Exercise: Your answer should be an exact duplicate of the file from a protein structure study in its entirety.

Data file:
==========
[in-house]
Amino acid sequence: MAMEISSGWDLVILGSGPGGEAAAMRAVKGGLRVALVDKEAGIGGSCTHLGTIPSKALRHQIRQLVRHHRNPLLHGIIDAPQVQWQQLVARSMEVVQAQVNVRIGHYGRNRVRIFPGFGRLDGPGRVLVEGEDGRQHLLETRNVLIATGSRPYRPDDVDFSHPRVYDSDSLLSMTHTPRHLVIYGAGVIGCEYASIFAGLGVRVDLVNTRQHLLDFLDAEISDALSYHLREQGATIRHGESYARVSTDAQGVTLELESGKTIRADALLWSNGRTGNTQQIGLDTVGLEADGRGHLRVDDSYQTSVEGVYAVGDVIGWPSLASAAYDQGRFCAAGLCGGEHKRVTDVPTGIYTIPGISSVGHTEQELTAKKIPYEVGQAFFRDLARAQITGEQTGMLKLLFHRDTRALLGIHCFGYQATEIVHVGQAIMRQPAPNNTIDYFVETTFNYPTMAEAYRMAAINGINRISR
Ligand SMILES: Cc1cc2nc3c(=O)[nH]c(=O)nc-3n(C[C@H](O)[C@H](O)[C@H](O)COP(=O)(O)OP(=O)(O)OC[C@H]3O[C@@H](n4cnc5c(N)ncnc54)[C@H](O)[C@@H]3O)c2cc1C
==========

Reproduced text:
[in-house]
Amino acid sequence: MAMEISSGWDLVILGSGPGGEAAAMRAVKGGLRVALVDKEAGIGGSCTHLGTIPSKALRHQIRQLVRHHRNPLLHGIIDAPQVQWQQLVARSMEVVQAQVNVRIGHYGRNRVRIFPGFGRLDGPGRVLVEGEDGRQHLLETRNVLIATGSRPYRPDDVDFSHPRVYDSDSLLSMTHTPRHLVIYGAGVIGCEYASIFAGLGVRVDLVNTRQHLLDFLDAEISDALSYHLREQGATIRHGESYARVSTDAQGVTLELESGKTIRADALLWSNGRTGNTQQIGLDTVGLEADGRGHLRVDDSYQTSVEGVYAVGDVIGWPSLASAAYDQGRFCAAGLCGGEHKRVTDVPTGIYTIPGISSVGHTEQELTAKKIPYEVGQAFFRDLARAQITGEQTGMLKLLFHRDTRALLGIHCFGYQATEIVHVGQAIMRQPAPNNTIDYFVETTFNYPTMAEAYRMAAINGINRISR
Ligand SMILES: Cc1cc2nc3c(=O)[nH]c(=O)nc-3n(C[C@H](O)[C@H](O)[C@H](O)COP(=O)(O)OP(=O)(O)OC[C@H]3O[C@@H](n4cnc5c(N)ncnc54)[C@H](O)[C@@H]3O)c2cc1C